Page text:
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Supporters of the measure, known in the fall election as Issue 3, challenged the phrasing of the ballot language and title, arguing certain descriptions were inaccurate and intentionally misleading to voters. Attorneys for the state's elections chief, a vocal opponent of the proposal, had said the nearly 500-word ballot language was fair.
In a split decision, the high court sided with the pot supporters in singling out four paragraphs of the ballot language it said "inaccurately states pertinent information and omits essential information."
The court ordered the state's Ballot Board to reconvene to replace those paragraphs about where and how retail stores can open, the amount of marijuana a person can grow and transport and the potential for additional growing facilities.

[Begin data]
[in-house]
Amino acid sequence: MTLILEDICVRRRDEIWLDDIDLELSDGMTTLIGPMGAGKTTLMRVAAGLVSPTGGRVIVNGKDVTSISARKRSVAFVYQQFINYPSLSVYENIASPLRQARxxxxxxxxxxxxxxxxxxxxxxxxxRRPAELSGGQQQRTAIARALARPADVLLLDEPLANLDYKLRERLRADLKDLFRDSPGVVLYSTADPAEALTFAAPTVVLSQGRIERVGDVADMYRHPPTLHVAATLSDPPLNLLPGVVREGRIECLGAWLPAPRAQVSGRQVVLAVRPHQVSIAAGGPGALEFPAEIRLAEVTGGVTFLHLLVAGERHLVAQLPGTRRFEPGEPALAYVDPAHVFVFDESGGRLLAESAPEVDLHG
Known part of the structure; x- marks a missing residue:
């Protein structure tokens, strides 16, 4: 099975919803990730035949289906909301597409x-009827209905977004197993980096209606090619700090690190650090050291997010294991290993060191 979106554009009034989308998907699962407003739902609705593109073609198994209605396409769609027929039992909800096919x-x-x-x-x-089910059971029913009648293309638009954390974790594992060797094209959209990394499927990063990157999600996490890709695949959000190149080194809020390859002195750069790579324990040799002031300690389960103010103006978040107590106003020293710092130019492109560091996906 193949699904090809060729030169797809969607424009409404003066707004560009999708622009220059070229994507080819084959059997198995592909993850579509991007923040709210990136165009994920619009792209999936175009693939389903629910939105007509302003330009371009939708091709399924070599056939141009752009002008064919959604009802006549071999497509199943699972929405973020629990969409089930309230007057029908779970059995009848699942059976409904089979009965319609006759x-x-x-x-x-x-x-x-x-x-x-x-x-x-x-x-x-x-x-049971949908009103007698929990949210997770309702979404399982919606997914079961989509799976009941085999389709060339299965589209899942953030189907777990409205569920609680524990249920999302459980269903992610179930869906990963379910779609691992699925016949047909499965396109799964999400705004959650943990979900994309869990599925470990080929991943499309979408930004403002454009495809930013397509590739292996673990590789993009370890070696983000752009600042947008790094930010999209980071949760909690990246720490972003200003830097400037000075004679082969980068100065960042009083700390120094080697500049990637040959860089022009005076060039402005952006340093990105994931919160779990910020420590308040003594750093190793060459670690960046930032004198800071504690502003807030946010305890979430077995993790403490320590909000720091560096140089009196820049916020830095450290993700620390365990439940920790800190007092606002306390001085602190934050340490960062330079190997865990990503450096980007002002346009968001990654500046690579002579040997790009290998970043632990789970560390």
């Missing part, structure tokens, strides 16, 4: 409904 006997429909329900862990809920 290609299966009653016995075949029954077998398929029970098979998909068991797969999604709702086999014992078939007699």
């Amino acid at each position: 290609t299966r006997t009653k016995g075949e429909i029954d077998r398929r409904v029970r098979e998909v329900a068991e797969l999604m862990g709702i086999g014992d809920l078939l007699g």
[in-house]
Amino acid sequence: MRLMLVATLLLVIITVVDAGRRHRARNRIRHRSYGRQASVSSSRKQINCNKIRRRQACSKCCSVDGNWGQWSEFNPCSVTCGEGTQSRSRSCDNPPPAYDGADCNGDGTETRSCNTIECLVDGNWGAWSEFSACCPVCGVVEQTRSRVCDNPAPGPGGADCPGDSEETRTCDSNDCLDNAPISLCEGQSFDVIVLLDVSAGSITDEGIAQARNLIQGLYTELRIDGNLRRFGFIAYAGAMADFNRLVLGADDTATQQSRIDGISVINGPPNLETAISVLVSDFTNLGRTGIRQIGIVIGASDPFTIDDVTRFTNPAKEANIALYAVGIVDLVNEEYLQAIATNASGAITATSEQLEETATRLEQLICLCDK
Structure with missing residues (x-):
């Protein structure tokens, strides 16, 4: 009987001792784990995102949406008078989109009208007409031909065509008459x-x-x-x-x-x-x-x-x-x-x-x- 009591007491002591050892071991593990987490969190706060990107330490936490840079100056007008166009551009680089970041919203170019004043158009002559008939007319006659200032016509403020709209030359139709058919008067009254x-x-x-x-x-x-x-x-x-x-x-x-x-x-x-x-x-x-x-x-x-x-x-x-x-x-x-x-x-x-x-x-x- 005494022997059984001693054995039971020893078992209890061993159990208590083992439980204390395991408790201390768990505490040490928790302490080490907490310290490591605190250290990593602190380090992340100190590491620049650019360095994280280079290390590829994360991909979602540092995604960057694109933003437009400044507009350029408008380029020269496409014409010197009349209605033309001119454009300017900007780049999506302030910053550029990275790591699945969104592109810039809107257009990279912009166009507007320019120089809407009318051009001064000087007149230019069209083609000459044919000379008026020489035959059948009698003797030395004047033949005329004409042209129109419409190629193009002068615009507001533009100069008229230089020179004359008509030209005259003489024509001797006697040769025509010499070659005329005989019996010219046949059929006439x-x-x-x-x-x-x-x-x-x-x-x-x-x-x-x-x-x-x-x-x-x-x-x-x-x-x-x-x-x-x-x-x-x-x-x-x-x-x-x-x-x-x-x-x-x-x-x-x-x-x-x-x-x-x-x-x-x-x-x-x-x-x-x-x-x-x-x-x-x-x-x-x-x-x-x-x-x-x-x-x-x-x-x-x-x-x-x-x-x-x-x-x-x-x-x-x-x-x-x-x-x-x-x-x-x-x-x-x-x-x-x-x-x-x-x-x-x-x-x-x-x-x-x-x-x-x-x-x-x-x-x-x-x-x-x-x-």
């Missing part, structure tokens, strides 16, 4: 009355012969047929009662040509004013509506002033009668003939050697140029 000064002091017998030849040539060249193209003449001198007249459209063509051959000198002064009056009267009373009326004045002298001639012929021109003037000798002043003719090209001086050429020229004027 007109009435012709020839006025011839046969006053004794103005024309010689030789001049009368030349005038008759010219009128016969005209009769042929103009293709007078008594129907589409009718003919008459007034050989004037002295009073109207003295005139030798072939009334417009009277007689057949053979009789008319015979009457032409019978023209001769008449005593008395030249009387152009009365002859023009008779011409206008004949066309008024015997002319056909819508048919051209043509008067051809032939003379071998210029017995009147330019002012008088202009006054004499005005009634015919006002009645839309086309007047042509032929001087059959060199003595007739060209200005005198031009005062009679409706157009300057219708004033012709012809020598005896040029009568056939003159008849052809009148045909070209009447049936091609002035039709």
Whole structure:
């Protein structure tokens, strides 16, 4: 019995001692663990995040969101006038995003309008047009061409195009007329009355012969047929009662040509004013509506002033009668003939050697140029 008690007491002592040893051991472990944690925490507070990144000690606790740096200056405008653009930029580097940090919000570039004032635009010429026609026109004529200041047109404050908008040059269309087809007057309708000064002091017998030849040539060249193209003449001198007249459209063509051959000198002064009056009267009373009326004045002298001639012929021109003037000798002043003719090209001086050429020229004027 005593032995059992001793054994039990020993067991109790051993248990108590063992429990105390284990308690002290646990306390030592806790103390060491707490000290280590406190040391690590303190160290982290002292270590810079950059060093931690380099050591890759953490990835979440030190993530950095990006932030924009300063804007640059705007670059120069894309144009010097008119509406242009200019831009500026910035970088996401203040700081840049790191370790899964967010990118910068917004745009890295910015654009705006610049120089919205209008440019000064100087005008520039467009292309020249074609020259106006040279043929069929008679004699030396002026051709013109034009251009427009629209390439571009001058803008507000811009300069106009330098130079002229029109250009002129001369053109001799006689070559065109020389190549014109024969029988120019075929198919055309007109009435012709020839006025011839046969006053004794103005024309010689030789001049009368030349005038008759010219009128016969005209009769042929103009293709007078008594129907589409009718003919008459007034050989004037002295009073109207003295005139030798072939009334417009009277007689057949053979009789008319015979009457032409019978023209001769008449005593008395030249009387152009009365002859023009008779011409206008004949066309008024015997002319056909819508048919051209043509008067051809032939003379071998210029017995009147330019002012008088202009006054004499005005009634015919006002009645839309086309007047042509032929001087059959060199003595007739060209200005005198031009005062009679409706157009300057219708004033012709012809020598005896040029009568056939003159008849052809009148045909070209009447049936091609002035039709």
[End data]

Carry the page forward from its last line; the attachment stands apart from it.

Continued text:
"The cumulative effect of these defects in the ballot language is fatal because the ballot language fails to properly identify the substance of the amendment, a failure that misleads voters," the court said.
The court allowed the ballot issue's title, "Grants a monopoly for the commercial production and sale of marijuana for recreational and medicinal purposes," to stand in a blow to the backers who had taken issue with the use of the word "monopoly."
Passage of Issue 3 would make Ohio a rare state to go from outlawing marijuana to allowing it for all uses in one vote.
The full text of the proposed constitutional amendment has nearly 6,600 words. It would allow anyone 21 and older to buy marijuana for medicinal or personal use and grow four plants. It creates a network of 10 authorized growing locations, some that already have attracted a celebrity-studded list of private investors, and lays out a regulatory and taxation scheme.
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